• Virtual Walk for WEAAD (May 1–June 15): Help build an elder justice movement through movement. Unlike many walks and runs, this NCEA activity raises awareness—not money—and occurs over a month and a half rather than one day or weekend. Form a virtual team with your colleagues, friends, and family or simply track your own walking.
  • National Weekend of Prayer and Action for Elder Justice (June 7–9; Spanish version): Spiritual communities are important sources of support for many people and can play a pivotal role in increasing awareness of elder abuse. NCEA and Safe Havens Interfaith Partnership Against Domestic Violence and Elder Abuse have developed multiple resources addressing the intersection of elder abuse and spirituality. Use these resources within your own spiritual community or in outreach to local faith communities.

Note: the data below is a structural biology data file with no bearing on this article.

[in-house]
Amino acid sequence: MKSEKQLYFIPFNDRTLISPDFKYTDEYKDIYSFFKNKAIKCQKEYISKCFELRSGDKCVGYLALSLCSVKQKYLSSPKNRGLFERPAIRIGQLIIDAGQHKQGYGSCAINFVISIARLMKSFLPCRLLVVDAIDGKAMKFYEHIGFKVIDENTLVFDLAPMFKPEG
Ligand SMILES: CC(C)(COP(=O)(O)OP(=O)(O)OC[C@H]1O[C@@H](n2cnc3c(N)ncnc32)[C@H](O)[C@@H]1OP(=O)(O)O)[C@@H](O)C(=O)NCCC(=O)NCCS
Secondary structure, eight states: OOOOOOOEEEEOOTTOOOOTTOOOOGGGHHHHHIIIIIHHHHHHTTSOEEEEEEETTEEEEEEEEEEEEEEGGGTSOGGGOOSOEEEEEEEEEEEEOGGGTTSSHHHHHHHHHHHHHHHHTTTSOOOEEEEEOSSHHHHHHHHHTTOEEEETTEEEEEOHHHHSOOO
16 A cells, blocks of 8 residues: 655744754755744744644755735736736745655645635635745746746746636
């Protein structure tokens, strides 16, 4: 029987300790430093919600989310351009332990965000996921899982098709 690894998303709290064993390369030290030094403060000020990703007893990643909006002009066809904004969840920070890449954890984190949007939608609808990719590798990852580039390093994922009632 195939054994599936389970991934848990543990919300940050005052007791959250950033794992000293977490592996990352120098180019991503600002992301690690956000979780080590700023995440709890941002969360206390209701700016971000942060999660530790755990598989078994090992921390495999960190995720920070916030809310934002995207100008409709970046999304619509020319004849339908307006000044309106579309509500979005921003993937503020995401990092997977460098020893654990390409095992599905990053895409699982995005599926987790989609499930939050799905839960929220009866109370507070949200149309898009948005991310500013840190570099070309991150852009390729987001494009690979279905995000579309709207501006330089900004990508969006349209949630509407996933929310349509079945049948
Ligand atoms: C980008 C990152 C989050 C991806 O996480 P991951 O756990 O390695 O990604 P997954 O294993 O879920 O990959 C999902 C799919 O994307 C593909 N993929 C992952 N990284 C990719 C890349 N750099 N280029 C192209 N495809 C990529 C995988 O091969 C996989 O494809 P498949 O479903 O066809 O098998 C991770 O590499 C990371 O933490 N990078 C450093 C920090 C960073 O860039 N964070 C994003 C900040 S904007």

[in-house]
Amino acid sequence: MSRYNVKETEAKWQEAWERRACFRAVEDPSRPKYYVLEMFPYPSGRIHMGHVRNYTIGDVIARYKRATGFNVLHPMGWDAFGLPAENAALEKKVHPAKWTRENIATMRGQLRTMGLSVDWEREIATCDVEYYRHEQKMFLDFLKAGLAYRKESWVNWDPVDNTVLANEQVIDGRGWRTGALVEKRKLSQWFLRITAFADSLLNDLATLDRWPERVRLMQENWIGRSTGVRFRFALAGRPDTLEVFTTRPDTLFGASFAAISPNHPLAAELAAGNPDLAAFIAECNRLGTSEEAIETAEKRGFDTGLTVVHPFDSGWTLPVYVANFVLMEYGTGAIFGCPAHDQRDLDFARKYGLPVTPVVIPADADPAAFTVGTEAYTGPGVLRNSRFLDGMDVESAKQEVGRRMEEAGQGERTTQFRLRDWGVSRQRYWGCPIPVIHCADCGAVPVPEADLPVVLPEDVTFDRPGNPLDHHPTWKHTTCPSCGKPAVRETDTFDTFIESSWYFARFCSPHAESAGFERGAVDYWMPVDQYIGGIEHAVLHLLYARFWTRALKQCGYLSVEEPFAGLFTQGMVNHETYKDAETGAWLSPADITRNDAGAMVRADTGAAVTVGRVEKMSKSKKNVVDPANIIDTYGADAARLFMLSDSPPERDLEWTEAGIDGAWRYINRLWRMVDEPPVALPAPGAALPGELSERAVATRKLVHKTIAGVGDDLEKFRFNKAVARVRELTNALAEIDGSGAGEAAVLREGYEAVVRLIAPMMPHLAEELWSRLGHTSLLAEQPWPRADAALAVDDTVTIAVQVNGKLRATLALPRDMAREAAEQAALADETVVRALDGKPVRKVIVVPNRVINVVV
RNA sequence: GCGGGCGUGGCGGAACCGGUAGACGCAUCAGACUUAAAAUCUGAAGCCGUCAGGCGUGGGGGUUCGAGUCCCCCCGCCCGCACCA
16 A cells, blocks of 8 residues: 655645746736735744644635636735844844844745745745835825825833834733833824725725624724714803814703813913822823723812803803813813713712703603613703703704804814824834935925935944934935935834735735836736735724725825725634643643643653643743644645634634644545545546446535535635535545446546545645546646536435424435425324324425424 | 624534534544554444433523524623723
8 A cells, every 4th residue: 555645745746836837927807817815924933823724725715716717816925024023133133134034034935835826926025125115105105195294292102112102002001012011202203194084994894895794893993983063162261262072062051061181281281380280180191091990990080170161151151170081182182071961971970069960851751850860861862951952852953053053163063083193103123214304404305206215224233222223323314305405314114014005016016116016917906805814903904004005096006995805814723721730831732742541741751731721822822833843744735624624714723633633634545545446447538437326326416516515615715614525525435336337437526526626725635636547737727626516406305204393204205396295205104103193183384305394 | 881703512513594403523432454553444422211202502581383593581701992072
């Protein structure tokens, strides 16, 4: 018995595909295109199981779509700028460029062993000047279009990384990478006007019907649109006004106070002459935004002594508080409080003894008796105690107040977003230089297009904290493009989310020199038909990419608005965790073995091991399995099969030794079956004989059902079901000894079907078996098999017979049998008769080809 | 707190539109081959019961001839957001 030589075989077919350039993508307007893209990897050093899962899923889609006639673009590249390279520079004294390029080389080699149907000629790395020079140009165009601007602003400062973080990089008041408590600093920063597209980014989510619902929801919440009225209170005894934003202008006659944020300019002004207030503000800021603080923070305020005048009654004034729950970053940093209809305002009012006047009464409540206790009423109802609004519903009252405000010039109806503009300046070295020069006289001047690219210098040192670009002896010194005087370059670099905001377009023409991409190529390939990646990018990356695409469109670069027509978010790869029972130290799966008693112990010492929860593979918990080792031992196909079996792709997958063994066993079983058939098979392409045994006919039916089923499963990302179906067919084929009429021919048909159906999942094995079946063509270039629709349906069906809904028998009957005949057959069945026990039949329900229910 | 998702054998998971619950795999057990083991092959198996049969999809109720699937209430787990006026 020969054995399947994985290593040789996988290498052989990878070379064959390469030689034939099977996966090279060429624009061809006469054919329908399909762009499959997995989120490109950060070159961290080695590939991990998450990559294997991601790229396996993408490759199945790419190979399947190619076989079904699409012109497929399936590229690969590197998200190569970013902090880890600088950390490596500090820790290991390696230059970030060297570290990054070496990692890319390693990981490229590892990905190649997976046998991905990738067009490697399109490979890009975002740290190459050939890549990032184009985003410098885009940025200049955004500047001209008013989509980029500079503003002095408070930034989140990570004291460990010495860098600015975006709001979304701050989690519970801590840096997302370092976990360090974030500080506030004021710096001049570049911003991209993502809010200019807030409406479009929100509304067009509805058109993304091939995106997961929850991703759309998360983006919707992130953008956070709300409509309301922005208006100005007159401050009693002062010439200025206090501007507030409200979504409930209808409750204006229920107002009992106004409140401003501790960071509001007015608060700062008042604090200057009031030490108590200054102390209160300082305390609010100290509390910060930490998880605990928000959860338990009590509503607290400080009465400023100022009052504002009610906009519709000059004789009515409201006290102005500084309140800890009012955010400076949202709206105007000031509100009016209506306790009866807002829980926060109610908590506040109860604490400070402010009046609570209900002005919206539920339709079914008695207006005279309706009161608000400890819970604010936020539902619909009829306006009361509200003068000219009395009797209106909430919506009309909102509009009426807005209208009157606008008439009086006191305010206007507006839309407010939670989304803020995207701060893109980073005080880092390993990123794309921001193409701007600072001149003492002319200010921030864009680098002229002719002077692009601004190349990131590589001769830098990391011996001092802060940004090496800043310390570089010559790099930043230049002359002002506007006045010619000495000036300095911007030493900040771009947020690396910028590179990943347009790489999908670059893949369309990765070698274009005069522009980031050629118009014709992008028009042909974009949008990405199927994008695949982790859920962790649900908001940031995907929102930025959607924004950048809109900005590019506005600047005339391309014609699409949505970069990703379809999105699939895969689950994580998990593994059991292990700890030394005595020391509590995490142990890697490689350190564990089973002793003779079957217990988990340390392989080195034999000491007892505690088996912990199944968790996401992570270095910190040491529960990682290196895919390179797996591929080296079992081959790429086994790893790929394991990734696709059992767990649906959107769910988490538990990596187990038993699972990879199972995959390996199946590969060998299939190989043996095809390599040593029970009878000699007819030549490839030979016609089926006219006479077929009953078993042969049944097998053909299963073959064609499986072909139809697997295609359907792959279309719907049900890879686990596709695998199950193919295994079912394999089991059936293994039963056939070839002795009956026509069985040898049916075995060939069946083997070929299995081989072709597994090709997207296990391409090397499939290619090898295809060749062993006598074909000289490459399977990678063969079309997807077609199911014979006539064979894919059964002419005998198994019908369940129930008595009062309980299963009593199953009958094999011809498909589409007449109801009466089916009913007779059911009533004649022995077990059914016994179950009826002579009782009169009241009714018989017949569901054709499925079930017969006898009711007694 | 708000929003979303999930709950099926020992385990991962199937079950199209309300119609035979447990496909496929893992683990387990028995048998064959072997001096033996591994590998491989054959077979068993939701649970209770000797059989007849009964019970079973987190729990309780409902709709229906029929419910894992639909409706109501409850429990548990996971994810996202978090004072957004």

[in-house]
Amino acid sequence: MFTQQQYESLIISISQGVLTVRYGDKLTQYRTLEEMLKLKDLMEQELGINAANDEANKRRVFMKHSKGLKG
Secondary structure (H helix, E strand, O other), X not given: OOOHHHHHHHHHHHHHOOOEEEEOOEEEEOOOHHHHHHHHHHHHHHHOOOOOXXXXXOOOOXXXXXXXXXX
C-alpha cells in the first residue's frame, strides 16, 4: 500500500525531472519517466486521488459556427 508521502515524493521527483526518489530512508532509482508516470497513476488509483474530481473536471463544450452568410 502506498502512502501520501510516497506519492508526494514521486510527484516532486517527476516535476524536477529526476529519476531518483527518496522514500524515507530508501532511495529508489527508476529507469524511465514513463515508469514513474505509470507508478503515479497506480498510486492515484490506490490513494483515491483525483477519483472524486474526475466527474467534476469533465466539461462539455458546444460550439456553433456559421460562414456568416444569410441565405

• Webinar—Decision-making in Later Life: Navigating Risk and Optimizing Safety (June 11, 1:00–2:15 p.m. EDT): Presented by an interdisciplinary panel, including NASW staff, this free program will address how older adults and elder justice professionals navigate the assessment, management, mitigation, and acceptance of risk that may expose older adults to abuse or harm. Participate in the live webinar (registration required) or access the recording, slides, and related materials on demand after the live event. Continuing education (CE) credits are not available for either live or on-demand participation.